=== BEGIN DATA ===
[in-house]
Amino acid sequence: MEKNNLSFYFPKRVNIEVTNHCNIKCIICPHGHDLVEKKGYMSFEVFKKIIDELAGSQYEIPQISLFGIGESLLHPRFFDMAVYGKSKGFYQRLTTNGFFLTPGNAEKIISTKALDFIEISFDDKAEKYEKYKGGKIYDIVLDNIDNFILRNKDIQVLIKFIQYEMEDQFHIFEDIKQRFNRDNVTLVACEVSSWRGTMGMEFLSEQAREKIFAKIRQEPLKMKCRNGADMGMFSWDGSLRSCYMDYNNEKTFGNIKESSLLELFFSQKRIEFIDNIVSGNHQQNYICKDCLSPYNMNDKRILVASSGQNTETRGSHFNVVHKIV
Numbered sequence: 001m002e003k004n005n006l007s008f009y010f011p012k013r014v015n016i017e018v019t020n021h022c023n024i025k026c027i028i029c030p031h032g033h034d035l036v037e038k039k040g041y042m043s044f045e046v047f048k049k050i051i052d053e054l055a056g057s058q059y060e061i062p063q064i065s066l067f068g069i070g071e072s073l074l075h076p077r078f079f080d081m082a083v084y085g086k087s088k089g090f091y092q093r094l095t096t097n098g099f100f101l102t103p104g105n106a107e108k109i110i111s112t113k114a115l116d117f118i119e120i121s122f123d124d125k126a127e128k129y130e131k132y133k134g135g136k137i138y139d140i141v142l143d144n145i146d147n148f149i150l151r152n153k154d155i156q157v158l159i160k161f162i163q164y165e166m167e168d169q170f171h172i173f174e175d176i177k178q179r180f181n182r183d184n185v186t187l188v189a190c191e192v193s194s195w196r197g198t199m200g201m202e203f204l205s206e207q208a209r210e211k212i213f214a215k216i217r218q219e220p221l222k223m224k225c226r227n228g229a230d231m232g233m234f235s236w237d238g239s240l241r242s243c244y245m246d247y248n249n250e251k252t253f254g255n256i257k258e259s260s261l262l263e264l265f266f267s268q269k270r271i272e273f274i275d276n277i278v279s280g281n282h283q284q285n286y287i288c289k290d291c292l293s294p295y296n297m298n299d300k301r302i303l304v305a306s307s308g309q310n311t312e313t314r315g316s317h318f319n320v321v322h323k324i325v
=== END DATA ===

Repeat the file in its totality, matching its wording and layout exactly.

[in-house]
Amino acid sequence: MEKNNLSFYFPKRVNIEVTNHCNIKCIICPHGHDLVEKKGYMSFEVFKKIIDELAGSQYEIPQISLFGIGESLLHPRFFDMAVYGKSKGFYQRLTTNGFFLTPGNAEKIISTKALDFIEISFDDKAEKYEKYKGGKIYDIVLDNIDNFILRNKDIQVLIKFIQYEMEDQFHIFEDIKQRFNRDNVTLVACEVSSWRGTMGMEFLSEQAREKIFAKIRQEPLKMKCRNGADMGMFSWDGSLRSCYMDYNNEKTFGNIKESSLLELFFSQKRIEFIDNIVSGNHQQNYICKDCLSPYNMNDKRILVASSGQNTETRGSHFNVVHKIV
Numbered sequence: 001m002e003k004n005n006l007s008f009y010f011p012k013r014v015n016i017e018v019t020n021h022c023n024i025k026c027i028i029c030p031h032g033h034d035l036v037e038k039k040g041y042m043s044f045e046v047f048k049k050i051i052d053e054l055a056g057s058q059y060e061i062p063q064i065s066l067f068g069i070g071e072s073l074l075h076p077r078f079f080d081m082a083v084y085g086k087s088k089g090f091y092q093r094l095t096t097n098g099f100f101l102t103p104g105n106a107e108k109i110i111s112t113k114a115l116d117f118i119e120i121s122f123d124d125k126a127e128k129y130e131k132y133k134g135g136k137i138y139d140i141v142l143d144n145i146d147n148f149i150l151r152n153k154d155i156q157v158l159i160k161f162i163q164y165e166m167e168d169q170f171h172i173f174e175d176i177k178q179r180f181n182r183d184n185v186t187l188v189a190c191e192v193s194s195w196r197g198t199m200g201m202e203f204l205s206e207q208a209r210e211k212i213f214a215k216i217r218q219e220p221l222k223m224k225c226r227n228g229a230d231m232g233m234f235s236w237d238g239s240l241r242s243c244y245m246d247y248n249n250e251k252t253f254g255n256i257k258e259s260s261l262l263e264l265f266f267s268q269k270r271i272e273f274i275d276n277i278v279s280g281n282h283q284q285n286y287i288c289k290d291c292l293s294p295y296n297m298n299d300k301r302i303l304v305a306s307s308g309q310n311t312e313t314r315g316s317h318f319n320v321v322h323k324i325v